The older male with a rich butter-cream iris, with suffused grey radial marks, whilst the bigger female had a deeper orange-tawny iris, and it seemed to me, a sterner stronger brow. Those eyes had evolved a far greater acuity than my own.

As they departed, we watched as they crossed the valley, their shape just discernible against the stippled background of the crowns of the dehesa evergreen oaks and the grey eruptions of rock. Then, they disappeared, absorbed as it were by distance. And like wherever I have encountered this most alluring of eagles, this place became enchanted.

We visited the Bonelli's Eagle Hide set up by Photo Raptors in the Sierra de San Pedro. Photo Raptors can also offer hides for Spanish Imperial Eagle, vultures and passerines, as well as for Common Cranes in the winter.  

One of the hides for Bonelli's Eagle offered by Photo Raptors 

Thursday, 31 January 2019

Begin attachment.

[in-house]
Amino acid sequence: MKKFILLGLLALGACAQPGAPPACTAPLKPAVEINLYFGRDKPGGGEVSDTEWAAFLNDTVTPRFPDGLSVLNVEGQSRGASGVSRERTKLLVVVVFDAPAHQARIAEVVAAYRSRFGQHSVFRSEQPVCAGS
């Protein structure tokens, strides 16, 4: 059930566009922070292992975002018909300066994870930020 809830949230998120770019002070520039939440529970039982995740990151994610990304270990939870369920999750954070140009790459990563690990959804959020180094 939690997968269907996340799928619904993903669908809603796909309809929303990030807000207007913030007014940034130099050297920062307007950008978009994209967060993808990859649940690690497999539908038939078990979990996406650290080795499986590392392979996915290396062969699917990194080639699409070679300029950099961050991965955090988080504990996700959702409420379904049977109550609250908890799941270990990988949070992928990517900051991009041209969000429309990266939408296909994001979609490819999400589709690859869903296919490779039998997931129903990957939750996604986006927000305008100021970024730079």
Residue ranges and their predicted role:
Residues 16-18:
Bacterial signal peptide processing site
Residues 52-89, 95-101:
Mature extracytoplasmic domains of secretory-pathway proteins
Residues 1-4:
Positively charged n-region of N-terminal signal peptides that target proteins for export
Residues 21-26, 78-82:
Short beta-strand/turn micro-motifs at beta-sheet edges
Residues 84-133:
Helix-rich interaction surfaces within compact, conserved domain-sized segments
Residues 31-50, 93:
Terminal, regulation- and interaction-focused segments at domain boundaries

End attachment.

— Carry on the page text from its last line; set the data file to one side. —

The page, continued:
Elegy for the Little Bustard

Little Bustards in winter (Martin Kelsey)

It was the second of March 2006 and the late afternoon light was just at the right angle to push through the ashen-grey stems of the dead thistles and reflect against the white feathers on their bellies. Their upperparts were a marginally sandier tone than the thistles that gave them cover, but the vermiculations of darker streaking on the feathers gave crypsis, blending their outline into the jarring, discontinuities of the withered spiky plants. Nevertheless, from where I stood, my back to the sun, I could scan across the slope where they stood. The flock was at rest, stationary, and I could count them one-by-one. There were 330 individuals all told (give or take a couple) and they were Little Bustards.

For a few winters after that, I could still come across sizeable flocks, but never much more than 150. But by the time I was helping with fieldwork in 2016 for the winter census of the species across the whole of Spain, the largest flock I found was 92 birds. Indeed at the national level there were only two flocks bigger than the group that I had counted ten years earlier (and only 14 flocks greater than 100 birds counted in the whole of the country!). This winter the biggest flock I have seen was 39 birds.